Dancing Dolls

Dance, Little Sister

Coach Dianna Williams and her dedicated Dancing Dolls are about practice, Mississippi pride — and winning

[dancingdolls]


1Doll Territory

Past a McDonald’s, past a check-cashing center, past a textbook rental and across the street from Family Dollar and AutoZone stands the Dollhouse Dance Factory. The West Jackson, Mississippi, studio sits quietly on Ellis Avenue, just off Interstate 20. Bold red letters that spell out D-O-L-L-H-O-U-S-E bounce off blue skies. The sign is a standout at the tail end of a strip mall that also houses a Boost Mobile, Boss Lady’s Luxury Virgin Hair Salon, and a Wing Stop.

Dollhouse founder and Dancing Doll coach Dianna Williams breezes into the production office. She’s wearing tight gray shorts over dance tights, a blue and white tank top that says “Buck or Die,” and a lacefront wig, the curls of which cascade down her back. Hardly dolled up. “See all these businesses? We know everybody,” she says. “Like at Boss Lady’s — her daughter’s a Dancing Doll. Her husband cuts my hair and my son’s hair. People are always like, ‘You all in the ’hood.’ But I like it.”

It’s 6 o’clock on a Wednesday in mid-May, which means a few things: The school year is still in session, it’s time for Doll rehearsal, and it’s the first day of the four-day shoot week for season 3B of Lifetime’s Bring It! The reality show, about a team of Mississippi majorette dancers, their exuberant and brusque “Coach D,” and the DDPs (Dancing Doll Parents), is a bona fide hit, averaging an impressive 1.3 million viewers on a Friday night. Along with Project Runway, Devious Maids, Little Women: LA, Dance Moms, and Atlanta Plastic, it’s among the network’s most popular shows.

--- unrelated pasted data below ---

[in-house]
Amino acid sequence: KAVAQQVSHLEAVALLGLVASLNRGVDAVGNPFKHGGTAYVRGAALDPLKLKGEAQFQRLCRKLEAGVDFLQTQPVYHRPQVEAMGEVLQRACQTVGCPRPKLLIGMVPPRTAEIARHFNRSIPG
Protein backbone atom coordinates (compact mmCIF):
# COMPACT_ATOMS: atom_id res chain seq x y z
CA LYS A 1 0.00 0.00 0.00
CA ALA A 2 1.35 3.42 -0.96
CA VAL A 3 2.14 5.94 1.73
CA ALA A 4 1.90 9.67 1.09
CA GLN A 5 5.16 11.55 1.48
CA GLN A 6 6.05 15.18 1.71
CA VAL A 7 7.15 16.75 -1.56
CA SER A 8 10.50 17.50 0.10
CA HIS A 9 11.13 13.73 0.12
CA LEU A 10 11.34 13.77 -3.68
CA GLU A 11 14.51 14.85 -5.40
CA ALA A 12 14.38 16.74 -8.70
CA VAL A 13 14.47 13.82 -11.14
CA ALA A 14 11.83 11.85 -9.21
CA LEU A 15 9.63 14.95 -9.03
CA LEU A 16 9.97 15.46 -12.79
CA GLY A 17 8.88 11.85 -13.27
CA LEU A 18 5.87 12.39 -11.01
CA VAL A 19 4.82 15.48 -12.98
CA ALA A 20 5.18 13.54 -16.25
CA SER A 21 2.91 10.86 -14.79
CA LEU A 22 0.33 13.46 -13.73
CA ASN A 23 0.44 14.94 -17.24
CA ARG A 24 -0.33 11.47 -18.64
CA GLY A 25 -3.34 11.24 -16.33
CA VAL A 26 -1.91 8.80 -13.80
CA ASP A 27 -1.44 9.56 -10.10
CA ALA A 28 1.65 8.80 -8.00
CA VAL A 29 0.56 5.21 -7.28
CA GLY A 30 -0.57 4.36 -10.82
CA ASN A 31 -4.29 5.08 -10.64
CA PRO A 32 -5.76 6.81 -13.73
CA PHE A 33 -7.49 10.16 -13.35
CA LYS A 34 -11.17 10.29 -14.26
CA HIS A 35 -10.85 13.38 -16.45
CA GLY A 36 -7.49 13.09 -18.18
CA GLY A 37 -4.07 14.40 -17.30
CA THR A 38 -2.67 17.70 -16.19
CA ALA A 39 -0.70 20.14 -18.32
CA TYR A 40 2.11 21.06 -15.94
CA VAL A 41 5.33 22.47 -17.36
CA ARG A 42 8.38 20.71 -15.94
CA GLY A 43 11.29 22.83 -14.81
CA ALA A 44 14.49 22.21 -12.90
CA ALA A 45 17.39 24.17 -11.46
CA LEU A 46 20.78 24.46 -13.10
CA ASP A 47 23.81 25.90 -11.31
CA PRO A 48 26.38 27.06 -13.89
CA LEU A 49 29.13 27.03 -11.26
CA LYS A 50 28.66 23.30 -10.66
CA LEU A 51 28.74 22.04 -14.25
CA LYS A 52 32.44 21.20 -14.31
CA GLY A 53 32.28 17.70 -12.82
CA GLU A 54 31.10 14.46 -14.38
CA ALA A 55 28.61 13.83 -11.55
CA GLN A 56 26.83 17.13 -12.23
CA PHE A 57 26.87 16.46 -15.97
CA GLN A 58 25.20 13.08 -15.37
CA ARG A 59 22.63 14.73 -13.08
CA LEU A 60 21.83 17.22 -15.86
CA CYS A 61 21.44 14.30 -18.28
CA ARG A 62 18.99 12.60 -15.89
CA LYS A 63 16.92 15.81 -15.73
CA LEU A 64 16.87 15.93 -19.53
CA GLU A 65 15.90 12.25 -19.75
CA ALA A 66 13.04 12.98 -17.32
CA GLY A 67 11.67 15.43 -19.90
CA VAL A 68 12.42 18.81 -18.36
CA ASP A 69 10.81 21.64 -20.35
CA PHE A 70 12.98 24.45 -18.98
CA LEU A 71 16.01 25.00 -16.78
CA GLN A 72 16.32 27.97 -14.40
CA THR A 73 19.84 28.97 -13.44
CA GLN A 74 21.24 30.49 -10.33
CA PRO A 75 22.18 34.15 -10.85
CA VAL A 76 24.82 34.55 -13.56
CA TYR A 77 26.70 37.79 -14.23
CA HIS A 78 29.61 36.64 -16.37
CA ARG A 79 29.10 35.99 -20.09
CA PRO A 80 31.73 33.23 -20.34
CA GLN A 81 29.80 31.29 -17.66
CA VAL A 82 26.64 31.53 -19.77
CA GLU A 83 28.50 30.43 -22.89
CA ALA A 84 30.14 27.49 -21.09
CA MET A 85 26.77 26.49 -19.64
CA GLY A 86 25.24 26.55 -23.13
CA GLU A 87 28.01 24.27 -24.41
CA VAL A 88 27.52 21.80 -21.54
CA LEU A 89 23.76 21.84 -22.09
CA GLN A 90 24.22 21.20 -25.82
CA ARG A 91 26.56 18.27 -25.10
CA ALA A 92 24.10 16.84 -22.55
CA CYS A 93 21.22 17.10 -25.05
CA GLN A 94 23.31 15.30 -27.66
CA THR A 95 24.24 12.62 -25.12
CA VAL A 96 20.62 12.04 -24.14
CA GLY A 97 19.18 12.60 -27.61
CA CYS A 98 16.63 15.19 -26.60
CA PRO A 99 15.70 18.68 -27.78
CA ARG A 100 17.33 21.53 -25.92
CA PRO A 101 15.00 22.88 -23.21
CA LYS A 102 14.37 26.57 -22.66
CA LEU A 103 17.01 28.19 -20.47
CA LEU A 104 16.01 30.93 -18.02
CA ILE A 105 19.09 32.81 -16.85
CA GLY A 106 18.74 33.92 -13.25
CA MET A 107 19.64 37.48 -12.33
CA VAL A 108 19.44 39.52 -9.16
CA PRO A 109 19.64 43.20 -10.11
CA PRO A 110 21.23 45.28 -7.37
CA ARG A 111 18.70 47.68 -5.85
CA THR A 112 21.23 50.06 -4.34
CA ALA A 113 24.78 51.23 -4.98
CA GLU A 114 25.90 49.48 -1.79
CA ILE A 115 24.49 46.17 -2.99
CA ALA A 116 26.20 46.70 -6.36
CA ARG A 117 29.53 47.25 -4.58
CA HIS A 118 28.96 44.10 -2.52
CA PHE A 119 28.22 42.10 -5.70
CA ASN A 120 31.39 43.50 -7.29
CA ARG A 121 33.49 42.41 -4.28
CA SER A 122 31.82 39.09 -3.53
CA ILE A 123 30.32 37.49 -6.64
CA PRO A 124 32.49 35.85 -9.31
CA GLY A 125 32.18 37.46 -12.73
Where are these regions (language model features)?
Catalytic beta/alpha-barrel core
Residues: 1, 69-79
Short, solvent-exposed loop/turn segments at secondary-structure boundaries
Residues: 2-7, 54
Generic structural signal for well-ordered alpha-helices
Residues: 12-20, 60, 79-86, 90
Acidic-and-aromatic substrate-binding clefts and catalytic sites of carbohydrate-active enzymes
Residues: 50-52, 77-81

Faith Thigpen (left), MaKalah Whisenton (center) and Daija Wilson (right) practice at the Dollhouse Dance Factory before a competition.

And whether viewers know it or not, the Dolls are rooted in the SWAC majorette dance auxiliary tradition. SWAC is, of course, the Southwestern Athletic Conference, made up of 10 historically black colleges and universities in the southern states that participate in Division 1 sports — nearby Jackson State University (JSU) is a member. Legendary SWAC marching bands include Ocean of Soul and JSU’s own Sonic Boom of the South. Legendary SWAC dance teams include the Black Foxes and Golden Girls. The famed, at times troubled J-Settes are so influential they are a verb.

This fevered SWAC experience includes thundering drumlines, high-stepping drum majors, and majorette teams (no baton, thank you) who are as poised as they are provocative. Even if you’ve never been to a game, you’ve experienced the SWAC culture: Think Beyoncé’s field show formation at Super Bowl 2016, or choice moments of J-setting choreography in her 2008 video for Single Ladies. Tradition, pride, blackgirlmagic, excellence, soul — SWAC could as easily be known as swag. And in its way, that swag is the bones of the Dollhouse.